Ngl, I have no idea, but if you copy over the whole build/linux-sparcv9-normal-server-release folder to your target, everything seems to work. I bet you there's a better way tho :p
Using this to emerge the real deal
You can add the jdk/bin folder into your $PATH. Set $JAVA_HOME to the location of jdk. Then, accept the keywords for openjdk (and its deps!). Note that this worked for me: your mileage may vary.
- Install all the deps of openjdk EXCEPT eselect-java with --onlydeps
- Run ebuild /path/of/openjdk/ebuild prepare
- Re apply any patches you had to apply for the original bootstrap
- Run ebuild /path/of/openjdk/ebuild install
That does not install it to the system, just a prefix. Check it out and see if it has any problems, before running ebuild merge :D
If it worked, emerge eselect-java.
Sending patches upstream
You have no idea how annoying this was. TLDR: to submit a patch, it has to be tied to a bug on the JBS (Jdk Bug System). You cannot open a bug on the JBS: Only registered java developers can. Want to report a bug?? Your best chance is in the OpenJDK mailing lists. To actually submit a patch for an unresolved bug, or backport a patch for a resolved bug to an earlier version of the JDK, here are the steps:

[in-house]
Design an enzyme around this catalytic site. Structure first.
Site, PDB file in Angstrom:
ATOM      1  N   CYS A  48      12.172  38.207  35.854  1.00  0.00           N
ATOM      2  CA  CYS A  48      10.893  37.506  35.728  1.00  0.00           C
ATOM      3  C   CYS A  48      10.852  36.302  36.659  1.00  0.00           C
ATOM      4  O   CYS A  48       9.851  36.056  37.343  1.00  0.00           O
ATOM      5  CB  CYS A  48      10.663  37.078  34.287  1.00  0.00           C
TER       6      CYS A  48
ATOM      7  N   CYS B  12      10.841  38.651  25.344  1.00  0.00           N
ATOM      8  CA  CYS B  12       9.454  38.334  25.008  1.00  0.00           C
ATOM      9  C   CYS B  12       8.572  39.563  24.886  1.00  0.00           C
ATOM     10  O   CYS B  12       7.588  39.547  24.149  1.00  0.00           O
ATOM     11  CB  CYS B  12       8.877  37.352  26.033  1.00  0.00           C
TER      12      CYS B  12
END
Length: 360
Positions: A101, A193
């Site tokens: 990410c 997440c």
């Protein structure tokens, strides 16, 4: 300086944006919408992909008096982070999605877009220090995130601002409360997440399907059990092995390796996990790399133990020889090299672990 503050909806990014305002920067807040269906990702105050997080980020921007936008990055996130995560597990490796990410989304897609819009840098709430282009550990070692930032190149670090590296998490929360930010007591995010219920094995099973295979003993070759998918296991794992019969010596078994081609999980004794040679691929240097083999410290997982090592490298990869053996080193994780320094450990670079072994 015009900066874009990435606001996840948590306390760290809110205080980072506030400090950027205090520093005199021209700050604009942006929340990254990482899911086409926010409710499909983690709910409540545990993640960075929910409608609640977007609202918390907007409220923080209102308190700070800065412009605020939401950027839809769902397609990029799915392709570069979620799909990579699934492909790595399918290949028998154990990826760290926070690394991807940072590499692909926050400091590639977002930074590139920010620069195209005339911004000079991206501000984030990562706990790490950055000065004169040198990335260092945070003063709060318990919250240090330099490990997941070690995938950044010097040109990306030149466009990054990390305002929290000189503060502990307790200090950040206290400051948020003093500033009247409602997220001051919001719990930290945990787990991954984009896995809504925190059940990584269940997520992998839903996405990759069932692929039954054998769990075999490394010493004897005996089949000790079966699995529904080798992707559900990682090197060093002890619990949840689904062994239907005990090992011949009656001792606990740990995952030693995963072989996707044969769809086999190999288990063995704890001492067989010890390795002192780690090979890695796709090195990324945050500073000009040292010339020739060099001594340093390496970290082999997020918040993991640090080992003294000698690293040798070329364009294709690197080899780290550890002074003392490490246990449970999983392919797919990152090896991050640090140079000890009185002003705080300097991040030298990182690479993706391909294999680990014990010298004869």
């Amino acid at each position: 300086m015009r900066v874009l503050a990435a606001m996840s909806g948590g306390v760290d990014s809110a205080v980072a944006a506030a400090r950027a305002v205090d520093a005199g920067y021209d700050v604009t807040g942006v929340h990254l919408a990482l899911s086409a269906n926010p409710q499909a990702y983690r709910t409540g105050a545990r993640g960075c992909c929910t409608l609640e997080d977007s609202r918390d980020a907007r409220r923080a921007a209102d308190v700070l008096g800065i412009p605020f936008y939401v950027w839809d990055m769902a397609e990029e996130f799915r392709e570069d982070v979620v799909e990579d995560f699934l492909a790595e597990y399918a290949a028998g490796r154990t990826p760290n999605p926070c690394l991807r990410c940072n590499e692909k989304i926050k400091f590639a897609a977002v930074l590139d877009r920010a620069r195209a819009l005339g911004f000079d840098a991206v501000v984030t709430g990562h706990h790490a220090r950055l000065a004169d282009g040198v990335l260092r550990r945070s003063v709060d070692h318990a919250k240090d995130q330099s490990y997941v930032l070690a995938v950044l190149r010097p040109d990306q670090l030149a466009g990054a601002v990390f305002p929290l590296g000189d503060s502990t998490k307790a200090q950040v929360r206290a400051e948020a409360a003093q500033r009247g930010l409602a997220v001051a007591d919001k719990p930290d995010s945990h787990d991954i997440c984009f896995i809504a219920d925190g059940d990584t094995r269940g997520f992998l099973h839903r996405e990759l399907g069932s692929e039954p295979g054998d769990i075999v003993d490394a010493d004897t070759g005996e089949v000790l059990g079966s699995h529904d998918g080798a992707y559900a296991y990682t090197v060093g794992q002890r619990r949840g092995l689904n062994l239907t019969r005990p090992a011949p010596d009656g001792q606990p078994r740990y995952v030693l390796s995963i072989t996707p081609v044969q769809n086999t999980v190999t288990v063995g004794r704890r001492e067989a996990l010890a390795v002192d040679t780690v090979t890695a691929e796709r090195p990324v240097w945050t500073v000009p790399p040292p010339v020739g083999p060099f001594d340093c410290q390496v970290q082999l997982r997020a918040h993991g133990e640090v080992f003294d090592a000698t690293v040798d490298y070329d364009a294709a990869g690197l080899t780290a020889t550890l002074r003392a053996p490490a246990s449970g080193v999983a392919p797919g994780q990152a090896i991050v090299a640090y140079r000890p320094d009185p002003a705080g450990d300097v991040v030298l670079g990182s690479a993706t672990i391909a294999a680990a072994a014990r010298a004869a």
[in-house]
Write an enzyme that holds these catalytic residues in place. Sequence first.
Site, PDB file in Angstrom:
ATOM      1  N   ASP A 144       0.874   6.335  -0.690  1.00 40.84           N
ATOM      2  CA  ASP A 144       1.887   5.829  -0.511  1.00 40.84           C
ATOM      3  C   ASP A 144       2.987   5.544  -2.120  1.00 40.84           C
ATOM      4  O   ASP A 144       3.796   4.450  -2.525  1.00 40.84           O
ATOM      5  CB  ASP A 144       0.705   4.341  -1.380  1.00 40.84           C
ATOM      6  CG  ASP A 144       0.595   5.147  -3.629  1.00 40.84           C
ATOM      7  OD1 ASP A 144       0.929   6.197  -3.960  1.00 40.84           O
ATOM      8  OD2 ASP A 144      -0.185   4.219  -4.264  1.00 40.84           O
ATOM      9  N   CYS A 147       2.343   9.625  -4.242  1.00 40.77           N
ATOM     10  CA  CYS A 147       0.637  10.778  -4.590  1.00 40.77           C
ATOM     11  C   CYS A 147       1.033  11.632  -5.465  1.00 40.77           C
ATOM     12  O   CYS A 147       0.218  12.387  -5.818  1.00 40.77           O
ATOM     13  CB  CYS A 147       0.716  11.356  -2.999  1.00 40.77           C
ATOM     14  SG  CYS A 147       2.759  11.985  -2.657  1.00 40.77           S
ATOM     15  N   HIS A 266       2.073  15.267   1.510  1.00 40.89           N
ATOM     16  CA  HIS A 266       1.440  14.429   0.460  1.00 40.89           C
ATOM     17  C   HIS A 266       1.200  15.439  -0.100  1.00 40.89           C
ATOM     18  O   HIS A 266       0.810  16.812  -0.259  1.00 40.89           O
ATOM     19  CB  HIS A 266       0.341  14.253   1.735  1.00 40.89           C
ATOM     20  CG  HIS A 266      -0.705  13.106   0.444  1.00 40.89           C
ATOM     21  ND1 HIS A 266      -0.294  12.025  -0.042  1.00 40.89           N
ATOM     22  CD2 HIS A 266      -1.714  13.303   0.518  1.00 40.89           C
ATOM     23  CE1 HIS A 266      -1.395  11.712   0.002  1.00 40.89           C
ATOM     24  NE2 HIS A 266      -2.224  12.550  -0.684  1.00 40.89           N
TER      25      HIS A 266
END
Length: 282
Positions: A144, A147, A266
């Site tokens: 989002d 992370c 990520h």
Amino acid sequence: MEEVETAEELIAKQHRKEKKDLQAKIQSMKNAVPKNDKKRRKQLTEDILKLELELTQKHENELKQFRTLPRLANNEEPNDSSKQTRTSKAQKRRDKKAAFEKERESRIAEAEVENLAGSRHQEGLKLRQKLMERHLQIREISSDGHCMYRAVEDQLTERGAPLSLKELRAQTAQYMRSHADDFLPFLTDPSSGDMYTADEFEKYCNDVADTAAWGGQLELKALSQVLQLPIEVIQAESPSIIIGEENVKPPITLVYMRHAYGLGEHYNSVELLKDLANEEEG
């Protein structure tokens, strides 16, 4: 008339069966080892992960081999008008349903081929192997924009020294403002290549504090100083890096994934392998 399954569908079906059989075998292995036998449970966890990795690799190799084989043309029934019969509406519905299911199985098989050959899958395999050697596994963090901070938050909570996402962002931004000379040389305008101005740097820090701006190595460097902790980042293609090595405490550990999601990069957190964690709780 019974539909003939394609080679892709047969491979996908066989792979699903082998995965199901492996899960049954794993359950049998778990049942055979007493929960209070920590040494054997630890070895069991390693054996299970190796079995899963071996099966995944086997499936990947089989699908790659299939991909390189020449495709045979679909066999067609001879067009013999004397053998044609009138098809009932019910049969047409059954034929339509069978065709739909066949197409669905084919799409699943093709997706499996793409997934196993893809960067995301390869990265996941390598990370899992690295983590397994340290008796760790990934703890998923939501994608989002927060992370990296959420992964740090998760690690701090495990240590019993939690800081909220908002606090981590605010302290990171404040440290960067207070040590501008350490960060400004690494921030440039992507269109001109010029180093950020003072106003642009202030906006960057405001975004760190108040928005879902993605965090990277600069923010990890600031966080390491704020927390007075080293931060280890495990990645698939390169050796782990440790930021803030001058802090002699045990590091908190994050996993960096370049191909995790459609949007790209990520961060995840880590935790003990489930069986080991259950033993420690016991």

- The right repo to send a PR in is <https://github.com/openjdk/jdk11u-dev/>. Replace the '11' with the JDK version you want.
- You have to sign the OCA (Oracle Contributor Agreement). Yes, even if you're backporting an existing patch. This requires an Oracle account and can be done (here).
- They will make you re-send your PR if your PR is based off of the 'master' branch in your fork. Create a new branch named whatever you like.
- The name of your bug must be the name of your bug number suffixed by the name of the bug in the JBS. Example: " 8230708: Hotspot fails to build on linux-sparc with gcc-9"
- If backporting an existing patch, find the sha1 of the commit for that patch. What I did was clone openjdk/jdk and use this command:
git log --all --grep='8230708'. Then rename your PR
Backportthen the sha1 of that commit.
- You will need to sign an additional terms of service to comment on a PR (including your own).
- Follow the instructions from the bot. You will need a sponsor to look-over your PR and merge it.
Hopefully everything goes well, I know this can be an irritating process, but keep with it!
Creating a bootstrap tarball
Now it should be easy to create a bootstrap tarball. If the bootstrap tarball is created before your patch is included in a new version of openjdk, you will have to replace the SRC_URI in the ebuild to one that has your patch applied. With github you can get a tarball for almost every commit, so this isn't too difficult.
Make sure to change your C/C++ flags to remove -march/-mcpu! It is also probably a good idea to stick with -O2.
A full guide is located here. I will just outline the exact commands I used:
I may have forgotten to document some steps I took, or link some resources I used. Regardless, I need sleep, will update eta soon. Ping me on IRC if you need any help :D